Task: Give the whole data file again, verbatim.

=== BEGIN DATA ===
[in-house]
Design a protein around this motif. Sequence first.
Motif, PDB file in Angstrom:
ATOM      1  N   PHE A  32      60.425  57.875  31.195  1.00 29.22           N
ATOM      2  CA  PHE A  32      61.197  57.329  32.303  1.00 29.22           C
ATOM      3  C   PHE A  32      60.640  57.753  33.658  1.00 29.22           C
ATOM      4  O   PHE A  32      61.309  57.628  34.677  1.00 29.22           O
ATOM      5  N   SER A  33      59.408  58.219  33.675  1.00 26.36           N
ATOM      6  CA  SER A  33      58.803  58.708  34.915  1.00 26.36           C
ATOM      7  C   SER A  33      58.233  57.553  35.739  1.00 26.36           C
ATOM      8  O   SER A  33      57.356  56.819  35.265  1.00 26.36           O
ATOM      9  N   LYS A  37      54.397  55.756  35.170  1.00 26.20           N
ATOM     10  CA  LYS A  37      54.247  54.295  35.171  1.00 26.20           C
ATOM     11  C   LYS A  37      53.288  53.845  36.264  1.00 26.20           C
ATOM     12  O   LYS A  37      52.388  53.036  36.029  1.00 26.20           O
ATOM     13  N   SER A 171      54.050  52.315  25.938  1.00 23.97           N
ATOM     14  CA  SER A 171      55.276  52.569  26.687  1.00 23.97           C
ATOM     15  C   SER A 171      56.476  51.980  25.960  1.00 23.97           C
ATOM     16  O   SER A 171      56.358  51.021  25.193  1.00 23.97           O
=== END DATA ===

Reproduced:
[in-house]
Design a protein around this motif. Sequence first.
Motif, PDB file in Angstrom:
ATOM      1  N   PHE A  32      60.425  57.875  31.195  1.00 29.22           N
ATOM      2  CA  PHE A  32      61.197  57.329  32.303  1.00 29.22           C
ATOM      3  C   PHE A  32      60.640  57.753  33.658  1.00 29.22           C
ATOM      4  O   PHE A  32      61.309  57.628  34.677  1.00 29.22           O
ATOM      5  N   SER A  33      59.408  58.219  33.675  1.00 26.36           N
ATOM      6  CA  SER A  33      58.803  58.708  34.915  1.00 26.36           C
ATOM      7  C   SER A  33      58.233  57.553  35.739  1.00 26.36           C
ATOM      8  O   SER A  33      57.356  56.819  35.265  1.00 26.36           O
ATOM      9  N   LYS A  37      54.397  55.756  35.170  1.00 26.20           N
ATOM     10  CA  LYS A  37      54.247  54.295  35.171  1.00 26.20           C
ATOM     11  C   LYS A  37      53.288  53.845  36.264  1.00 26.20           C
ATOM     12  O   LYS A  37      52.388  53.036  36.029  1.00 26.20           O
ATOM     13  N   SER A 171      54.050  52.315  25.938  1.00 23.97           N
ATOM     14  CA  SER A 171      55.276  52.569  26.687  1.00 23.97           C
ATOM     15  C   SER A 171      56.476  51.980  25.960  1.00 23.97           C
ATOM     16  O   SER A 171      56.358  51.021  25.193  1.00 23.97           O